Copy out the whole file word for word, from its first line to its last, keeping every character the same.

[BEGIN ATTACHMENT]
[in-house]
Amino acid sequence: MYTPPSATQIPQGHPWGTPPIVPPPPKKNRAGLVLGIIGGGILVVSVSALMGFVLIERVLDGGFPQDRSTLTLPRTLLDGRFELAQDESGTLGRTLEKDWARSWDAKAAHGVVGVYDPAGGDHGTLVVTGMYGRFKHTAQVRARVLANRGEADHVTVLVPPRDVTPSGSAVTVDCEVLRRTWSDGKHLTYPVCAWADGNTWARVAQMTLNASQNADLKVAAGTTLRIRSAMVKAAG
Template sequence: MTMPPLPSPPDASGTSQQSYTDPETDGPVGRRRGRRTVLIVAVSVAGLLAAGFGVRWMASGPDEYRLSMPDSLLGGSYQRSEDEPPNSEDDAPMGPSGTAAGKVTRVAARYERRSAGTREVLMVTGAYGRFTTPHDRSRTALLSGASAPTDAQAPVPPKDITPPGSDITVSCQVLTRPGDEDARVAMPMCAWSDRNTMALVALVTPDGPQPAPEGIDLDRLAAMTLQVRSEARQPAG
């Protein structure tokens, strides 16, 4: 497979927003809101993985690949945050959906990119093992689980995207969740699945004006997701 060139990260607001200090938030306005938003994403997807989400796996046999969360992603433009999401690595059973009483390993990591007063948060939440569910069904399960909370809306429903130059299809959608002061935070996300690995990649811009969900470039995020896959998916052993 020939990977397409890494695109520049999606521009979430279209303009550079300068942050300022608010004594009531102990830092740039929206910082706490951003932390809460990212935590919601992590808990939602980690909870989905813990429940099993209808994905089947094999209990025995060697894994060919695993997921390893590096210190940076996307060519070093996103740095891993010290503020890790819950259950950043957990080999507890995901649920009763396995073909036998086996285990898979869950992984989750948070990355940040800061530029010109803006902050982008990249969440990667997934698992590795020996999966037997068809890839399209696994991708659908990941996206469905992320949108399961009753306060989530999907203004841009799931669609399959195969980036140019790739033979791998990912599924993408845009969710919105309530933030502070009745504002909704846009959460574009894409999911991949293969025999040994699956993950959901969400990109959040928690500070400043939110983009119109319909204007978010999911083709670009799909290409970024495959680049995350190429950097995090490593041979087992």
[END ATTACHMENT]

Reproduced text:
[in-house]
Amino acid sequence: MYTPPSATQIPQGHPWGTPPIVPPPPKKNRAGLVLGIIGGGILVVSVSALMGFVLIERVLDGGFPQDRSTLTLPRTLLDGRFELAQDESGTLGRTLEKDWARSWDAKAAHGVVGVYDPAGGDHGTLVVTGMYGRFKHTAQVRARVLANRGEADHVTVLVPPRDVTPSGSAVTVDCEVLRRTWSDGKHLTYPVCAWADGNTWARVAQMTLNASQNADLKVAAGTTLRIRSAMVKAAG
Template sequence: MTMPPLPSPPDASGTSQQSYTDPETDGPVGRRRGRRTVLIVAVSVAGLLAAGFGVRWMASGPDEYRLSMPDSLLGGSYQRSEDEPPNSEDDAPMGPSGTAAGKVTRVAARYERRSAGTREVLMVTGAYGRFTTPHDRSRTALLSGASAPTDAQAPVPPKDITPPGSDITVSCQVLTRPGDEDARVAMPMCAWSDRNTMALVALVTPDGPQPAPEGIDLDRLAAMTLQVRSEARQPAG
């Protein structure tokens, strides 16, 4: 497979927003809101993985690949945050959906990119093992689980995207969740699945004006997701 060139990260607001200090938030306005938003994403997807989400796996046999969360992603433009999401690595059973009483390993990591007063948060939440569910069904399960909370809306429903130059299809959608002061935070996300690995990649811009969900470039995020896959998916052993 020939990977397409890494695109520049999606521009979430279209303009550079300068942050300022608010004594009531102990830092740039929206910082706490951003932390809460990212935590919601992590808990939602980690909870989905813990429940099993209808994905089947094999209990025995060697894994060919695993997921390893590096210190940076996307060519070093996103740095891993010290503020890790819950259950950043957990080999507890995901649920009763396995073909036998086996285990898979869950992984989750948070990355940040800061530029010109803006902050982008990249969440990667997934698992590795020996999966037997068809890839399209696994991708659908990941996206469905992320949108399961009753306060989530999907203004841009799931669609399959195969980036140019790739033979791998990912599924993408845009969710919105309530933030502070009745504002909704846009959460574009894409999911991949293969025999040994699956993950959901969400990109959040928690500070400043939110983009119109319909204007978010999911083709670009799909290409970024495959680049995350190429950097995090490593041979087992």